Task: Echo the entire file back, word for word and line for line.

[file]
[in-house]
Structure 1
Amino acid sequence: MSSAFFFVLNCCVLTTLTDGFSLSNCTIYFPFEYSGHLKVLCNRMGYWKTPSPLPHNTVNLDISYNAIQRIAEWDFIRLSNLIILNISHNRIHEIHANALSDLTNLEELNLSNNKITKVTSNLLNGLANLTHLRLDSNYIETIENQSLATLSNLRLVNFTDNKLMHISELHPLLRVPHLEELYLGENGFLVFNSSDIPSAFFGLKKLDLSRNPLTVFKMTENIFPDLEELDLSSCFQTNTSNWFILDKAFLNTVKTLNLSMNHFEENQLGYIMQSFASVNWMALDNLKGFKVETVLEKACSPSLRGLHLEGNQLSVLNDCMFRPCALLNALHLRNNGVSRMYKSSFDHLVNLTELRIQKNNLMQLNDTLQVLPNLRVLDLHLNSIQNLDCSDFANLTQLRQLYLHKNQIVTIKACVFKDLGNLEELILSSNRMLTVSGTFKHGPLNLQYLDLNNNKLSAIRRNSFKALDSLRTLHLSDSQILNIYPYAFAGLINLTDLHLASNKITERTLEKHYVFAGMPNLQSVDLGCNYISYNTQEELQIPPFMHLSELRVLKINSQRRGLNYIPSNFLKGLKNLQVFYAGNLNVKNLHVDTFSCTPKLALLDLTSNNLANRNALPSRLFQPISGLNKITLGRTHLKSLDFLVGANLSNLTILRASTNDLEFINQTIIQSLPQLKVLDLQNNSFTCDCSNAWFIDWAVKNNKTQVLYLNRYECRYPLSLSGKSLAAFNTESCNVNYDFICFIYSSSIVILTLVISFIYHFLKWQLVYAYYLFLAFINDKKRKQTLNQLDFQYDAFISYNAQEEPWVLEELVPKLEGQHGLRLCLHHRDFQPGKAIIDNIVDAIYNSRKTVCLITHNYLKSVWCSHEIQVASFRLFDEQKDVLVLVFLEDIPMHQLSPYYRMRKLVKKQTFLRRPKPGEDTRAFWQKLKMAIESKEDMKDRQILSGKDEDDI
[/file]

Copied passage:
[in-house]
Structure 1
Amino acid sequence: MSSAFFFVLNCCVLTTLTDGFSLSNCTIYFPFEYSGHLKVLCNRMGYWKTPSPLPHNTVNLDISYNAIQRIAEWDFIRLSNLIILNISHNRIHEIHANALSDLTNLEELNLSNNKITKVTSNLLNGLANLTHLRLDSNYIETIENQSLATLSNLRLVNFTDNKLMHISELHPLLRVPHLEELYLGENGFLVFNSSDIPSAFFGLKKLDLSRNPLTVFKMTENIFPDLEELDLSSCFQTNTSNWFILDKAFLNTVKTLNLSMNHFEENQLGYIMQSFASVNWMALDNLKGFKVETVLEKACSPSLRGLHLEGNQLSVLNDCMFRPCALLNALHLRNNGVSRMYKSSFDHLVNLTELRIQKNNLMQLNDTLQVLPNLRVLDLHLNSIQNLDCSDFANLTQLRQLYLHKNQIVTIKACVFKDLGNLEELILSSNRMLTVSGTFKHGPLNLQYLDLNNNKLSAIRRNSFKALDSLRTLHLSDSQILNIYPYAFAGLINLTDLHLASNKITERTLEKHYVFAGMPNLQSVDLGCNYISYNTQEELQIPPFMHLSELRVLKINSQRRGLNYIPSNFLKGLKNLQVFYAGNLNVKNLHVDTFSCTPKLALLDLTSNNLANRNALPSRLFQPISGLNKITLGRTHLKSLDFLVGANLSNLTILRASTNDLEFINQTIIQSLPQLKVLDLQNNSFTCDCSNAWFIDWAVKNNKTQVLYLNRYECRYPLSLSGKSLAAFNTESCNVNYDFICFIYSSSIVILTLVISFIYHFLKWQLVYAYYLFLAFINDKKRKQTLNQLDFQYDAFISYNAQEEPWVLEELVPKLEGQHGLRLCLHHRDFQPGKAIIDNIVDAIYNSRKTVCLITHNYLKSVWCSHEIQVASFRLFDEQKDVLVLVFLEDIPMHQLSPYYRMRKLVKKQTFLRRPKPGEDTRAFWQKLKMAIESKEDMKDRQILSGKDEDDI